"Everything nice," the tech sergeant said. "They live nice. They fight a war nice. They cut your throat nice."
"If they're so damned nice, why don't you ask them if this rattler has a schedule?"
"They say shedule," the tech sergeant said.
"I asked them. They think maybe it had a schedule, but not in wartime."
"Like the train from Laredo to Mexico City - you add thirty-two hours to the schedule and then chop it up. But you got to be an Einstein to figure it out."
"Did you ask them about the bloody tea trays?"
"They don't know. They suggested I ask the station commissioner next place we stop."
"Isn't that just like a Limey?" the staff sergeant asked.
"Well, they seem interested now. That's the way they are - it takes a little time for them to get interested in something. I'm going to have tea with them and we're going to talk about it some more."
I HAD tea with them and was in their compartment when we pulled into the station where it happened. I really liked them because they talked so pleasantly about small things. When they asked you a question they didn't really expect any sort of a serious answer; they knew how to talk about things and make conversation. The colonel said he liked Bengal because the hunting was good, but when he learned that I didn't hunt or care anything about it, he sort of apologized. They never said anything that could hurt your feelings. But in a way it put you at a disadvantage.
If you said that the folk were poor, they agreed. "Bloody poor," and with sympathy, speaking of the people with respect and consideration, not as GI's would have spoken about them. The subaltern, who was twenty or twenty-two, had a blonde mustache and pink cheeks, and a gentle sweetness that was never disturbed by anything around him. Not by the filth, the misery, the hunger, the heat, the bodies of famine victims along the right of way being eaten by vultures as we watched; not even in Lucknow, where they had three or four hundred dead British soldiers laid out under an awning, plague victims - such a sweetness was all over him, a part of him, that he was nice to the two sergeants, even though they were enlisted personnel. The tech sergeant, commenting on that, said he was a swish.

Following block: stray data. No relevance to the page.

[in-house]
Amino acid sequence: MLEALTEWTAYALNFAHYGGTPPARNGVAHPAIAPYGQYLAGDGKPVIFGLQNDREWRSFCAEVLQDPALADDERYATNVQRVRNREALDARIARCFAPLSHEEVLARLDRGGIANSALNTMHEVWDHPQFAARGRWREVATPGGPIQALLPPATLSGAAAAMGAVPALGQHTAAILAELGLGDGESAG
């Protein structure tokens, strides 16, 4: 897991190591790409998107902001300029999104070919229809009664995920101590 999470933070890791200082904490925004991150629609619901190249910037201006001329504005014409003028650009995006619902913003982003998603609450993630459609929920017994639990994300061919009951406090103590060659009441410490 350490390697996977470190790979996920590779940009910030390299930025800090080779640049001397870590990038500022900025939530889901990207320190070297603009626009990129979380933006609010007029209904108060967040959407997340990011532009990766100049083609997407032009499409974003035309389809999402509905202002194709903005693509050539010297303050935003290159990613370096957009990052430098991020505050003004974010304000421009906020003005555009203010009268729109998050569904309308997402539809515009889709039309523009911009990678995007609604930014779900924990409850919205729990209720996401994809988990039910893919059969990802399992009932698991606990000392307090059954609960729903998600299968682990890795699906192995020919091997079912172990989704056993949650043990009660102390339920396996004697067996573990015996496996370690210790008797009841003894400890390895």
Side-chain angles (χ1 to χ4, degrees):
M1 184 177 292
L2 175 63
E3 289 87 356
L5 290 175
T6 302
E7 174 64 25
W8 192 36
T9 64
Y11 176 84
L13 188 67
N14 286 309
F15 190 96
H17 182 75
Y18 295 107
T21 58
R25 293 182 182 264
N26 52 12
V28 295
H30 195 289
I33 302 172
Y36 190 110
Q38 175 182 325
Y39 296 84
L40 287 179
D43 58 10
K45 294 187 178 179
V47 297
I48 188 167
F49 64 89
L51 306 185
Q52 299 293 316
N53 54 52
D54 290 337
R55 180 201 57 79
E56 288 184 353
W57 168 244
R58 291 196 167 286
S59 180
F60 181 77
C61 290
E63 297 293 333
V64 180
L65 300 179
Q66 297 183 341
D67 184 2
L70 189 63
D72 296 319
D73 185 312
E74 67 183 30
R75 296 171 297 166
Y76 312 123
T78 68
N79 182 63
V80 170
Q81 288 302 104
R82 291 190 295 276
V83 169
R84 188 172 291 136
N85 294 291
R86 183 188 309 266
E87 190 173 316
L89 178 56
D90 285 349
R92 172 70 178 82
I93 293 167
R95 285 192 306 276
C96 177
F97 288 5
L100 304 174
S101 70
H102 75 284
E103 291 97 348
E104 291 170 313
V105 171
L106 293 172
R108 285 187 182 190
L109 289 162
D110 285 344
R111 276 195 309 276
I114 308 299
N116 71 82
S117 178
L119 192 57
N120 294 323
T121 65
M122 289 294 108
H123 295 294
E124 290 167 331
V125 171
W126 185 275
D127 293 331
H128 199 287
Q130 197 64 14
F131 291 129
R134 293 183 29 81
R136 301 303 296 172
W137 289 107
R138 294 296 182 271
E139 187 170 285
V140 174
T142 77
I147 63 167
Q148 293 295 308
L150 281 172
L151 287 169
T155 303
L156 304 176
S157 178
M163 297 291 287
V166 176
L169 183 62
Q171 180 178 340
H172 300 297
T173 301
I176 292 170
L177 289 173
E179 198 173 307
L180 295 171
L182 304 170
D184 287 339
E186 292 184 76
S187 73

"A what?" I had asked.
"A swish - a loop."
"A queen, he means," the staff sergeant said. "A rosebud, a pansy."
"He's a gentleman, that's all."
"And who says a loop can't have nice manners?"
But he wasn't that, I said to myself on this day, just a nice young fellow. We were slowing down from what was our usual lightning-like sixteen miles an hour to come into a station, and the subaltern thought it was Crumar, but said so apologetically with a deprecating smile.
"I try to memorize the stations."
"Too many of them," the colonel said.